Tuesday, June 29, 2010

Housing Industry Poised to Recover in 2010

Written by: David Lereah Thu, December 17, 2009
Market Activity, Market Commentary

As we approach the New Year, we are more hopeful about prospects for 2010 compared to the dismal performance of 2009. This past year was a year of crises. The economy was on the brink of Depression, shedding 8 million jobs during the past two years, while the unemployment rate climbed sharply to 10 percent (as of this writing) from 4.9 percent. The U.S. credit markets and banking system virtually collapsed, foreclosures became rampant and the housing sector crashed with home values plummeting 10 to 15 percent in most metropolitan areas across the nation.
Government bailouts were commonplace, with taxpayer dollars replenishing the coffers of Wall Street companies, large financial institutions, insurance companies and even the automobile industry. As 2009 draws to a close, we collectively breath a sigh of relief; acknowledging that the economy and housing markets somehow survived. The convoluted maze of government programs and subsidies, a multi-billion stimulus package and an overly accommodative monetary policy conducted by the Federal Reserve heroically kept the economy from falling into the abyss. For all the criticism directed at government decision making throughout the year, something worked. We are in a much better place today than we were yesterday.
As we enter 2010, the economy is rebounding, the credit markets thawing and the housing sector recovering. Read more...

Thursday, June 24, 2010

Fairfax County supervisors authorize transformation of Tysons Corner

By Kafia A. Hosh and Derek Kravitz
Washington Post Staff Writers

Wednesday, June 23, 2010
Fairfax County officials on Tuesday approved a landmark proposal to allow the transformation of Tysons Corner from a sprawling, auto-dependent office park into vibrant, walkable city. Read more...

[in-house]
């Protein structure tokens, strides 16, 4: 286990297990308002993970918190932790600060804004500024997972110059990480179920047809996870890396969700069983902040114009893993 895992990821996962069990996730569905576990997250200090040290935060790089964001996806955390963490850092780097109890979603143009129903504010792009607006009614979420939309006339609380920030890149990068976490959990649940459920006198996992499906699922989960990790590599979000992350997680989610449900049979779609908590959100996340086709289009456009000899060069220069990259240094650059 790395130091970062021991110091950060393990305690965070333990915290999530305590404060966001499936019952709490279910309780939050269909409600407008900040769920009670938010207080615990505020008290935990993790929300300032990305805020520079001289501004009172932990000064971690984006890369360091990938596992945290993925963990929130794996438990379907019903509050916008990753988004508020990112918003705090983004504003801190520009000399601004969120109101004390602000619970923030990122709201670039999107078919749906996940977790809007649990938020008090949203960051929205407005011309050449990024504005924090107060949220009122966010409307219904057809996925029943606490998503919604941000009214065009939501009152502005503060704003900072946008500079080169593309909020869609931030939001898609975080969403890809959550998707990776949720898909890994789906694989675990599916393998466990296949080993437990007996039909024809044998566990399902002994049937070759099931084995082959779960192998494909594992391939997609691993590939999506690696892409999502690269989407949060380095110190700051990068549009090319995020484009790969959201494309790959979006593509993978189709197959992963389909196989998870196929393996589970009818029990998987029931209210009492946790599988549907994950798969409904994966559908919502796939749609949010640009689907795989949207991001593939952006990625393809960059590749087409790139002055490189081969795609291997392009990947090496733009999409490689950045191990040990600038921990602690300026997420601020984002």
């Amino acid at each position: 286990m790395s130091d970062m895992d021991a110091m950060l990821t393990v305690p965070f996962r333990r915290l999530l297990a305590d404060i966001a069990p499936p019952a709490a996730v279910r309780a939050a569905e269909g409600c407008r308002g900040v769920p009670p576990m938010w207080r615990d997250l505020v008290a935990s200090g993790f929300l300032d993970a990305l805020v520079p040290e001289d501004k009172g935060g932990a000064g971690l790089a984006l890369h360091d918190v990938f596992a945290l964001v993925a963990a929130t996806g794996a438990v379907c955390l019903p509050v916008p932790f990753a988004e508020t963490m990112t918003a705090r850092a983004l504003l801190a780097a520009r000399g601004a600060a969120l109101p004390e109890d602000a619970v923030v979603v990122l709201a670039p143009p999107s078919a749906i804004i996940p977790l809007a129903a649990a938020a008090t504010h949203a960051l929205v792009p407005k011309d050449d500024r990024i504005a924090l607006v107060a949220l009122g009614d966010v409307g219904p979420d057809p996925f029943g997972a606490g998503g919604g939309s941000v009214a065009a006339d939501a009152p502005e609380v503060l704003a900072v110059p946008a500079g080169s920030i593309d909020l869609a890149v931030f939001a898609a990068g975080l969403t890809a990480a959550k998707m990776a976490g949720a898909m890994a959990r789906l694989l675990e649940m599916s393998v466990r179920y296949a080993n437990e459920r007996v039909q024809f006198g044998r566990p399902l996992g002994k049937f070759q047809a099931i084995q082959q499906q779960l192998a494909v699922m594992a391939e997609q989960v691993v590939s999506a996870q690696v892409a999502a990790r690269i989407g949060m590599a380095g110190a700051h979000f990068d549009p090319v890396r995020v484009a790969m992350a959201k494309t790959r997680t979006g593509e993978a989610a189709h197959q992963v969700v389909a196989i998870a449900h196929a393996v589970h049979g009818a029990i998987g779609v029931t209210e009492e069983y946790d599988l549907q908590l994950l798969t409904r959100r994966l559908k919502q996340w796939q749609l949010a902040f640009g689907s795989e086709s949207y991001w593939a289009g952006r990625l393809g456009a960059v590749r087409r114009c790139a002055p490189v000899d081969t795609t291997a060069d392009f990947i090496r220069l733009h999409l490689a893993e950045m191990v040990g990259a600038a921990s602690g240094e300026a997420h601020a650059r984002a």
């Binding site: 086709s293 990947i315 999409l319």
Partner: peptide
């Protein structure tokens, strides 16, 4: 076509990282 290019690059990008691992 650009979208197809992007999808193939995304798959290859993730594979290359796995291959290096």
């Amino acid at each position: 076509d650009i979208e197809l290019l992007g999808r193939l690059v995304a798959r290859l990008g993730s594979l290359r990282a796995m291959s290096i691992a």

Housing sales decrease in May, dashing hopes of quick recovery

By Dina ElBoghdady
Washington Post Staff Writer
Wednesday, June 23, 2010
Sales of previously built homes dropped in May after huge gains the previous two months, a sign that the federal tax credit that helped energize sales at the start of the selling season has sputtered out sooner than expected.
The National Association of Realtors reported Tuesday that sales of existing single-family homes, townhouses, condominiums and cooperatives fell 2.2 percent, to a seasonally adjusted rate of 5.66 million units, in May from April, snapping hopes of a robust housing recovery anytime soon. Analysts surveyed by Bloomberg had expected an increase of 6 percent. Read more...

Monday, June 14, 2010

TOP News: Week of June 14th, 2010

Lenders go after money lost in foreclosures
By Dina ElBoghdady
Washington Post Staff Writer
Wednesday, June 16, 2010

After the bank foreclosed on Fernando Palacios's Gainesville home in March, he thought he was done with what he described as the most stressful financial situation of his life.

The bank sold the home for far less than Palacios owed on it, as often happens with foreclosures. What Palacios did not see coming was the letter from his lender demanding that he pay the shortfall: $148,064.02. "I really thought I was through with this house," said Palacios, who fell behind on payments when the economy soured and his cleaning business stumbled.


MD homeowners gain protection in foreclosure process
By Ovetta Wiggins
Washington Post Staff Writer
Thursday, May 20, 2010; 4:10 PM

Maryland Gov. Martin O'Malley signed legislation Thursday that creates a foreclosure mediation program designed to help beleaguered homeowners stay in their homes.

The bill gives homeowners the legal right to mediation with their lender during foreclosure proceedings.


House Passes FHA Reform Bill Authorizing Higher Premiums
In a near unanimous vote of 406 to 4 Thursday, the U.S. House of Representatives passed a bill intended to replenish the coffers of the federal agency that insures mortgages against default, the Federal Housing Administration (FHA).